One challenge is the double-whammy of high electric prices and cheap natural gas in the region. Chris Green, who directly manages the Keweenaw Research Center’s mine water geothermal system, also points out that while it’s a cleaner technology, it is still dependent on electricity. Green hopes to combine solar and mine water geothermal to make the system more carbon neutral, but the problem is the large initial investment required. In an economically depressed area like the Keweenaw Peninsula, the only green most people seem to care about is in their wallets.
Still, with some of the nation’s highest electricity rates—second only to Hawaii—the appeal of solar is big, and geothermal is competitive with propane and fuel oil heating, which are fairly common in the region. 
With so few active systems in the world, the Keweenaw Research Center is a unique resource for people living in the region. Tapping into the mine water is also a tribute to the area’s history, says Richelle Winkler, a community and environmental sociologist at Michigan Tech who works with the Keweenaw Research Center crew.
“Using the mine water for geothermal energy creates an opportunity to recast community identity,” Winkler says. “Which both celebrates the mining heritage, and promotes progress forward in an environmentally sustainable way.”
With so much room for expansion, the Keweenaw could become a hub for mine water geothermal. And through the guidebook, Winkler and her collaborators could help shape a widespread environmental problem into a solution and resource.  
Waste product to useful energy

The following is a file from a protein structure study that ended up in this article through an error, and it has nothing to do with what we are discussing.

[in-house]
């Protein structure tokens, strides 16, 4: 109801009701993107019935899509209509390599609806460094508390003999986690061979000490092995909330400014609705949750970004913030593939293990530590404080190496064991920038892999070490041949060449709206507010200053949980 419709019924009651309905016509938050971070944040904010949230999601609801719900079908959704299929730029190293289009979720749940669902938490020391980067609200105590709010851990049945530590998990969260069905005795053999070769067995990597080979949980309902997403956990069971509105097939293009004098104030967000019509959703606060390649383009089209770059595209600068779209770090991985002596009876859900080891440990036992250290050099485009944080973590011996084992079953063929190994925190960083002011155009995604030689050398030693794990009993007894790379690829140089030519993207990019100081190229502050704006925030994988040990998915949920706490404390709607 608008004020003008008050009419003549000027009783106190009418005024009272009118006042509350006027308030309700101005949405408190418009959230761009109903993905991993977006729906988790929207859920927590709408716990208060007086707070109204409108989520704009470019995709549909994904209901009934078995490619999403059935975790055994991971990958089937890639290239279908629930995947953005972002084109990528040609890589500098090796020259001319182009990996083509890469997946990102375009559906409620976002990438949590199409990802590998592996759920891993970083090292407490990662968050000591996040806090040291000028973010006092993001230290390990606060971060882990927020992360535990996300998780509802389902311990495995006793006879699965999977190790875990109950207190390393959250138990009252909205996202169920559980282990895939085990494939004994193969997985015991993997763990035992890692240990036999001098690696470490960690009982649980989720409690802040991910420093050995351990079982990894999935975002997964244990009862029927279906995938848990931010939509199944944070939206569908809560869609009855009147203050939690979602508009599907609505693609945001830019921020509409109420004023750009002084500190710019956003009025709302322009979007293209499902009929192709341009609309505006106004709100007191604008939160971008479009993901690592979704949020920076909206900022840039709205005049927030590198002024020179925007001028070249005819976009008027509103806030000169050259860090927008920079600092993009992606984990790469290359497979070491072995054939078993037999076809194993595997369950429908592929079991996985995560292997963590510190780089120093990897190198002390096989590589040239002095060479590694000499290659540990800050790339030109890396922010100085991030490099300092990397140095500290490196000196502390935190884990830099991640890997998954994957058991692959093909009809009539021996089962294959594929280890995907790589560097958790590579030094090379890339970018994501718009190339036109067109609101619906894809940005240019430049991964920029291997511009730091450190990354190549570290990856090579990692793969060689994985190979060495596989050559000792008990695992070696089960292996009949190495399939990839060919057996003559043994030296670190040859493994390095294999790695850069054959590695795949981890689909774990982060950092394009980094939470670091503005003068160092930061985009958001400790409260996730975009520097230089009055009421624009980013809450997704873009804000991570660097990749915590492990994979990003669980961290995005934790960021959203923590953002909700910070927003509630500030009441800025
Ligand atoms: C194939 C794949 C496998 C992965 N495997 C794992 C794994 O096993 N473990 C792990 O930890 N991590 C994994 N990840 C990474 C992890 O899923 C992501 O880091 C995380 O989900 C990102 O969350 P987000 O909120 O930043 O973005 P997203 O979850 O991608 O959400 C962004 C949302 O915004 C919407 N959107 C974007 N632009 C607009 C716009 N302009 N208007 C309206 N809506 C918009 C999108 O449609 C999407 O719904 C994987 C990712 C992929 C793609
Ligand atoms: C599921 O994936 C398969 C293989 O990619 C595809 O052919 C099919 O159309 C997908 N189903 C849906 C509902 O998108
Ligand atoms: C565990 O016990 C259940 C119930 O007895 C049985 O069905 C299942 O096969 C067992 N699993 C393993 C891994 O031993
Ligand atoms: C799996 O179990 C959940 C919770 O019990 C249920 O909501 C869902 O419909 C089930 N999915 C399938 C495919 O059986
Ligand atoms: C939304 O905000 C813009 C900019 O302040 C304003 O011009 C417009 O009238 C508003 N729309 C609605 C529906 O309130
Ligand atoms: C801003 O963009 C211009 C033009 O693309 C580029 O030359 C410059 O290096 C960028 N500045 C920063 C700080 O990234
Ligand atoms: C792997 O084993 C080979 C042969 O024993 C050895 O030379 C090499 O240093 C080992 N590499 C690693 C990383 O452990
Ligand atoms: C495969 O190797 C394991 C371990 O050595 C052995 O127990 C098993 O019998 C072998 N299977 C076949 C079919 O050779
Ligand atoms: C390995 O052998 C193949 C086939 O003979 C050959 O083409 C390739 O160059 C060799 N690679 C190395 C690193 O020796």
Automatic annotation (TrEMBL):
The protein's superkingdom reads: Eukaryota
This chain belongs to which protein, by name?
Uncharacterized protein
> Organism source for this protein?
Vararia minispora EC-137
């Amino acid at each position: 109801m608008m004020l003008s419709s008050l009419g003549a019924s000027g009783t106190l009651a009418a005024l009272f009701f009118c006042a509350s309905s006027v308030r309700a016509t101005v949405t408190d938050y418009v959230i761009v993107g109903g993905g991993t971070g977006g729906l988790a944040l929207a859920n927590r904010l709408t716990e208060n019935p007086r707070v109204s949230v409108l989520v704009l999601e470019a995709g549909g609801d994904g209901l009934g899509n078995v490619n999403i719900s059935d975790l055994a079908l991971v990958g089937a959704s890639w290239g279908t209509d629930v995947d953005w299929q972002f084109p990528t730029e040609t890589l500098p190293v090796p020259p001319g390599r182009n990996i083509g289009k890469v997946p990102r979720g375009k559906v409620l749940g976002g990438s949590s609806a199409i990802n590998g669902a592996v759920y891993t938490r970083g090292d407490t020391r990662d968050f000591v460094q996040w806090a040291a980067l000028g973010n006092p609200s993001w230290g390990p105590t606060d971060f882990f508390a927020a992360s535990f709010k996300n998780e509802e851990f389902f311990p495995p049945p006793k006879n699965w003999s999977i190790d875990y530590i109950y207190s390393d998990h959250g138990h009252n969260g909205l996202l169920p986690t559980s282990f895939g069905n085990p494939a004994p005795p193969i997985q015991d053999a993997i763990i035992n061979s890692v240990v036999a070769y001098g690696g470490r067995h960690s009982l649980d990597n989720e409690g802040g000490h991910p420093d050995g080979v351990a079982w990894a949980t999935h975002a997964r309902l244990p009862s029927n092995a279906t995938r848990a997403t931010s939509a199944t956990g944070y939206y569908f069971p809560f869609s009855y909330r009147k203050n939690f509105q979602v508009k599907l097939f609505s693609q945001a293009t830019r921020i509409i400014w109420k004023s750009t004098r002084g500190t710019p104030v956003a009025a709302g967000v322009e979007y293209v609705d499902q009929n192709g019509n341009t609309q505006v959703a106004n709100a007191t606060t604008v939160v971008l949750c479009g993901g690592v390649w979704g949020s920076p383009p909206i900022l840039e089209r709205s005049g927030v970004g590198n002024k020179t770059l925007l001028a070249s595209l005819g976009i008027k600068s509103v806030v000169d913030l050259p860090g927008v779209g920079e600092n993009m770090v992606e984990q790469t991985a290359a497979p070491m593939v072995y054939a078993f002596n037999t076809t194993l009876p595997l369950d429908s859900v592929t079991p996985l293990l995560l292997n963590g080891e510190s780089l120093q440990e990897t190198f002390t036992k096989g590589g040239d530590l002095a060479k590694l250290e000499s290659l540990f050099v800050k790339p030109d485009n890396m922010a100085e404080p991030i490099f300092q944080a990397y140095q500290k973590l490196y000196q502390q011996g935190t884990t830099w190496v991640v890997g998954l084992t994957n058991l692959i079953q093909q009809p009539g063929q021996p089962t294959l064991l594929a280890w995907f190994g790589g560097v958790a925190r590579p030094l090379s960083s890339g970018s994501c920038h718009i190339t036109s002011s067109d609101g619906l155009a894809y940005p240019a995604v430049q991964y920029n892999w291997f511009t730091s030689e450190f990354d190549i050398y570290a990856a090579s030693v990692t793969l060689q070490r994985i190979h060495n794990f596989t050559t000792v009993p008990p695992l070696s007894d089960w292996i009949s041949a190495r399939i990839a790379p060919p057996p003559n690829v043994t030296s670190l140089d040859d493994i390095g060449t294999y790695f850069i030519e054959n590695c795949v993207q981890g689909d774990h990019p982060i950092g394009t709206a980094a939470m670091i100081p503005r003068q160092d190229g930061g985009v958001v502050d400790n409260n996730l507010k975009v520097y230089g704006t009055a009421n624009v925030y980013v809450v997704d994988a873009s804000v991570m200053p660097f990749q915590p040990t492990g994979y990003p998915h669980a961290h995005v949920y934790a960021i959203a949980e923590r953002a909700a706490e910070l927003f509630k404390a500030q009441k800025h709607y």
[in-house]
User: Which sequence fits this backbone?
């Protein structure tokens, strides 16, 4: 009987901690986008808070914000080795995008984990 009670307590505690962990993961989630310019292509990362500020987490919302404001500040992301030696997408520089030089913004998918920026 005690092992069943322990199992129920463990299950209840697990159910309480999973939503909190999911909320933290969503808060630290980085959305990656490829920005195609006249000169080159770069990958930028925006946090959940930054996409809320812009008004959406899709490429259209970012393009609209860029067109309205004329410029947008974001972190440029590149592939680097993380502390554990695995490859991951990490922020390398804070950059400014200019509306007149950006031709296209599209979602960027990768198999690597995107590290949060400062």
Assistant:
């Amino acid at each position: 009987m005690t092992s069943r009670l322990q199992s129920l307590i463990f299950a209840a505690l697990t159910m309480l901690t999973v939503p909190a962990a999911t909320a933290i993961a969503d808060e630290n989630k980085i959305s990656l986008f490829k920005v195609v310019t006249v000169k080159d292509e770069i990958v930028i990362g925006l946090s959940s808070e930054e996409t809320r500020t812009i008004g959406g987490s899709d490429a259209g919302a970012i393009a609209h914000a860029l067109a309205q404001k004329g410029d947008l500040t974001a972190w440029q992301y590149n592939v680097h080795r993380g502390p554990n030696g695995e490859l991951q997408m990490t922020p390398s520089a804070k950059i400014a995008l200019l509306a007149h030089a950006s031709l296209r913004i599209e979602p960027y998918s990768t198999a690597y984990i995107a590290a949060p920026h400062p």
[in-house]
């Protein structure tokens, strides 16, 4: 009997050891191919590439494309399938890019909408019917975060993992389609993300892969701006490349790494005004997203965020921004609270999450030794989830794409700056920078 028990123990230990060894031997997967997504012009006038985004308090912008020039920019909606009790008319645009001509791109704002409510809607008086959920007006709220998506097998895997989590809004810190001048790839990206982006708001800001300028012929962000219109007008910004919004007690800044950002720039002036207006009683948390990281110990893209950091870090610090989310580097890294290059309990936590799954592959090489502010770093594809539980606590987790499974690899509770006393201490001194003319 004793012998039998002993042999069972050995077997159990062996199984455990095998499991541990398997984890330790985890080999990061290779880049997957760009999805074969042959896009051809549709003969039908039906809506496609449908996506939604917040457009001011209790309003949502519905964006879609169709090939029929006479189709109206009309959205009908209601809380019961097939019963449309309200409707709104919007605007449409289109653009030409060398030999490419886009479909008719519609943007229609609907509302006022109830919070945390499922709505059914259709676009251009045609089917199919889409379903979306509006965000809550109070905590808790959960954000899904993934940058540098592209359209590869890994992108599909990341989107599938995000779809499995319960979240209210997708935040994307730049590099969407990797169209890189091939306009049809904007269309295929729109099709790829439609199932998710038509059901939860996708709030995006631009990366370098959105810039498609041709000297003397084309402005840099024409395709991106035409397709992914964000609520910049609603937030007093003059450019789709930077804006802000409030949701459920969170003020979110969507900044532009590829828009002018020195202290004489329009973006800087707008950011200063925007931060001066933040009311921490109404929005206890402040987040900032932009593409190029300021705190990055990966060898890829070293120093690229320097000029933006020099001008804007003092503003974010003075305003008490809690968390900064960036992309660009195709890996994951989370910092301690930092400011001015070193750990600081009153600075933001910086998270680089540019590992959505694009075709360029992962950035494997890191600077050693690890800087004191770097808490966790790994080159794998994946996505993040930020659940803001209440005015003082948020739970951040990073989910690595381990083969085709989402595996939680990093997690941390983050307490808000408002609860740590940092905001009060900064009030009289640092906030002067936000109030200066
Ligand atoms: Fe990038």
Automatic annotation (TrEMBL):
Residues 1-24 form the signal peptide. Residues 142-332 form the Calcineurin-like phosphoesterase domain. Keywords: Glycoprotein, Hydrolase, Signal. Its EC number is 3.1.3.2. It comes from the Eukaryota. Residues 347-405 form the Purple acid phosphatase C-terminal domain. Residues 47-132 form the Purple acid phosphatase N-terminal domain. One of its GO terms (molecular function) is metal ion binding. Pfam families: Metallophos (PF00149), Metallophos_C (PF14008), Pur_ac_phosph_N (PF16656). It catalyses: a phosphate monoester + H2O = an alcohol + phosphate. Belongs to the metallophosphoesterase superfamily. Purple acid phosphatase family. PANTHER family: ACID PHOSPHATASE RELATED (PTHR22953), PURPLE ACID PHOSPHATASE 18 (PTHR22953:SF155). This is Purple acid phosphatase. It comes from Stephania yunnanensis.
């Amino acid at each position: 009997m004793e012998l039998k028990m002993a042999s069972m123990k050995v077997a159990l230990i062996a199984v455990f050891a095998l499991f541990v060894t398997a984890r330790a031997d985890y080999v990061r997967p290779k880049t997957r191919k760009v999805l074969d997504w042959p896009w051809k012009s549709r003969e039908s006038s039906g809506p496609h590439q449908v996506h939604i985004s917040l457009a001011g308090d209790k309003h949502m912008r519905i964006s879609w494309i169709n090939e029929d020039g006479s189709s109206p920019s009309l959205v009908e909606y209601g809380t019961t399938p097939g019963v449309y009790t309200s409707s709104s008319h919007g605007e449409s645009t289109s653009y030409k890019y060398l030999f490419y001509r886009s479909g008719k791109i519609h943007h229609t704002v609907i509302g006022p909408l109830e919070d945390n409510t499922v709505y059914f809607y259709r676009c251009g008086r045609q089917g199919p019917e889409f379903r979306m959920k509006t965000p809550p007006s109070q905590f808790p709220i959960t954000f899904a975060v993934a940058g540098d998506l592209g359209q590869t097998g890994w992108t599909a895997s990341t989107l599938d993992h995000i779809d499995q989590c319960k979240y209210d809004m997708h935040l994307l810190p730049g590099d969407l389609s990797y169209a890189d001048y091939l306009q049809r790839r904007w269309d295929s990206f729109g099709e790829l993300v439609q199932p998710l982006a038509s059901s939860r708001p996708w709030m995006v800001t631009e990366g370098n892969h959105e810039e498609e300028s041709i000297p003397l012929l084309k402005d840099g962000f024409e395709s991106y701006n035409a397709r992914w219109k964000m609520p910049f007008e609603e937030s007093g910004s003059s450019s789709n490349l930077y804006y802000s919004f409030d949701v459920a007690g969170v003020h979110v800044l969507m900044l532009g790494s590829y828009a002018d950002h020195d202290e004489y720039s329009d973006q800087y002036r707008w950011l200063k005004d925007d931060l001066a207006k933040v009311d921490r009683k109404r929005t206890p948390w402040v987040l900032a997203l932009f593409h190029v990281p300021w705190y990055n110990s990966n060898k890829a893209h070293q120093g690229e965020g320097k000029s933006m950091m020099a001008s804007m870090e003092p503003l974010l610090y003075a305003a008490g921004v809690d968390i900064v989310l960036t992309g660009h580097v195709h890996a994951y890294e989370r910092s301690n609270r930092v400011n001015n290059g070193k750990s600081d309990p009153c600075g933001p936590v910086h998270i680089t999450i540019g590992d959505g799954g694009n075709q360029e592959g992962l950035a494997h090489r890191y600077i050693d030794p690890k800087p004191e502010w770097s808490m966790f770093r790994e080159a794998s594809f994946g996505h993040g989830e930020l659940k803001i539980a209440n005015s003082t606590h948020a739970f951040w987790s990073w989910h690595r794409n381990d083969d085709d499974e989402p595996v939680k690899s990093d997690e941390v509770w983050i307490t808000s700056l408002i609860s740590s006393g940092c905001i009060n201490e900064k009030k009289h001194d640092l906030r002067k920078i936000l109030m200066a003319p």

The guidebook project was funded by a People, Prosperity and Planet (P3) grant through the Environmental Protection Agency (EPA). The student researchers on the project, spanning fields from mechanical energy, policy, chemistry, and communications, presented their work in Washington DC this April. They received an honorable mention, plus won a special award for having the most interdisciplinary and community engaged work and will be presenting at the American Institute of Chemical Engineers conference in November. 
For him, Green says the success of the project so far comes from turning a waste product into a useful system. He also says it fits into the current ideal of locally produced energy. 
“Everyone used to generate their own power—how do we return to that?” he asks. “This mine water is just sitting below the surface and it’s an unused resource. We can change that.”
Allison Mills is a rock and dance geek, working as a science writer at Michigan Tech, and occasional freelancer for EARTH Magazine.

Volume: September/October 2015